IMG_1201St. Barts is in sight.

Our first stop was Anse de Colombier which is exactly the kind of anchorage we love…

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Clear blue Colombier

The water is beautifully clear – I counted 5 starfish on the sand 12 feet below our boat while at anchor!

The French are trying to restore the bay after damage from anchoring and have installed several free mooring balls which we were happy to use. And their efforts are working as much of the sand is gaining sea grass and we saw a lot of turtles and other marine life.

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This turtle posed for the photo!

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Rays and fish just below our boat.

While moored in Colombier we went scuba diving two times on the south side of Ile Petit Jean. The coral and fish were more plentiful than any other Caribbean diving we have done so far.  Our camera wasn’t graded for the depth of our dive, so I don’t have photos, but we saw many schools of fish in a variety of types and sizes.  Also the sponges were HUGE! They looked like giant planters that could be used in a garden.

We also spent a lot of time hiking from Colombier. Here are some of the beautiful scenes from our hikes:

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LIB nestled up close to the shore in Colombier.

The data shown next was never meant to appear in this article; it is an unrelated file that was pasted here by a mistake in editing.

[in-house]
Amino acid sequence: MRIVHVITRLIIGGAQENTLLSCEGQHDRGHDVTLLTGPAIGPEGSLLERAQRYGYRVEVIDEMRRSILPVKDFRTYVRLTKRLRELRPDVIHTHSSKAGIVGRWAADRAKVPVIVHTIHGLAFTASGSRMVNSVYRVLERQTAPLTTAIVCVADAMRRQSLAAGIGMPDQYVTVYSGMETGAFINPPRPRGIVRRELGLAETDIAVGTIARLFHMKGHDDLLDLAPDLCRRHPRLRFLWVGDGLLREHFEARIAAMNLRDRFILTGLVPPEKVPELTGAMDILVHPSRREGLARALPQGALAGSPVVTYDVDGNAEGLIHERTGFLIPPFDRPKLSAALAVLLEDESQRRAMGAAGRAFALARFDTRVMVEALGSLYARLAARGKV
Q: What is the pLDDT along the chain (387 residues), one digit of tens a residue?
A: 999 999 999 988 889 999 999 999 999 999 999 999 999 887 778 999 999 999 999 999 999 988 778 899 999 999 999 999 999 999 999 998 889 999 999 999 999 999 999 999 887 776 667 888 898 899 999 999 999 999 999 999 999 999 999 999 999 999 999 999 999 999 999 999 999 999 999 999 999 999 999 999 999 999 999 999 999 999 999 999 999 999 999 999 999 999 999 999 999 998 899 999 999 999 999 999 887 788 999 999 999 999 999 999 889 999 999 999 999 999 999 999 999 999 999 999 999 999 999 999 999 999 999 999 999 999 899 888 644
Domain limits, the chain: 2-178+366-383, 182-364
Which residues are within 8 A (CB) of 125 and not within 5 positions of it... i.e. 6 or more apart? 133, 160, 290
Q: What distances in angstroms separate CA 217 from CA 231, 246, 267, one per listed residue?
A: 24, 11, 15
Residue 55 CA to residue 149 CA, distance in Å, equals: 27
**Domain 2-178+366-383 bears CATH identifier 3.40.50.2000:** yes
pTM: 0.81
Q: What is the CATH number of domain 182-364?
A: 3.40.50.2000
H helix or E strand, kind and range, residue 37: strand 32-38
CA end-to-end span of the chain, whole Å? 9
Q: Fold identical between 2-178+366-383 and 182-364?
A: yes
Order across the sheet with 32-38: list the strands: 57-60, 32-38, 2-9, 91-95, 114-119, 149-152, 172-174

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Just another beautiful bay, but too shallow for us to anchor here.

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Gustavia in the distance.

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Gotta have a selfie.

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We managed to exhaust Captain!

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The public pier of Gustavia is clean and landscaped.

The public dock in Gustavia was our next stop on St. Bart’s.  I have to say, this is a gorgeous town where you can buy all kinds of beautiful baubles, clothes, food and wine.

We spent three nights in Gustavia and sampled food from several delicious restaurants. And we managed to find chocolate croissants again! YUM.

After sampling Gustavia, shopping and not buying the rather expensive clothing, we decided Colombier was more our style.

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Kathe and Gary ready for our walk.

So back we went to Colombier to meet up with our friends Kathe and Gary on Tribasa Cross who braved a slog into the wind so they could meet us on St. Bart!

It was great sharing sunset drinks with Kathe and Gary, then hiking with them the following day.

I much preferred St. Bart to St. Martin, at least on this trip. St. Barts was easy to navigate and everyone was very friendly. I was able to practice some very rusty French and my efforts were kindly received. Gustavia feels like a quaint, clean, upscale European city and everything we needed was easy to reach on foot.

An added bonus is that the French are very nice to dogs. The restaurants welcomed Captain when we stopped to eat. In fact in every restaurant the staff immediately brought Captain a bowl of water.  She usually received her drink before we did!

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Sunset in Gustavia, St. Barts.

We really enjoyed the remote and the city life on this island.  St. Barts is definitely on our repeat list.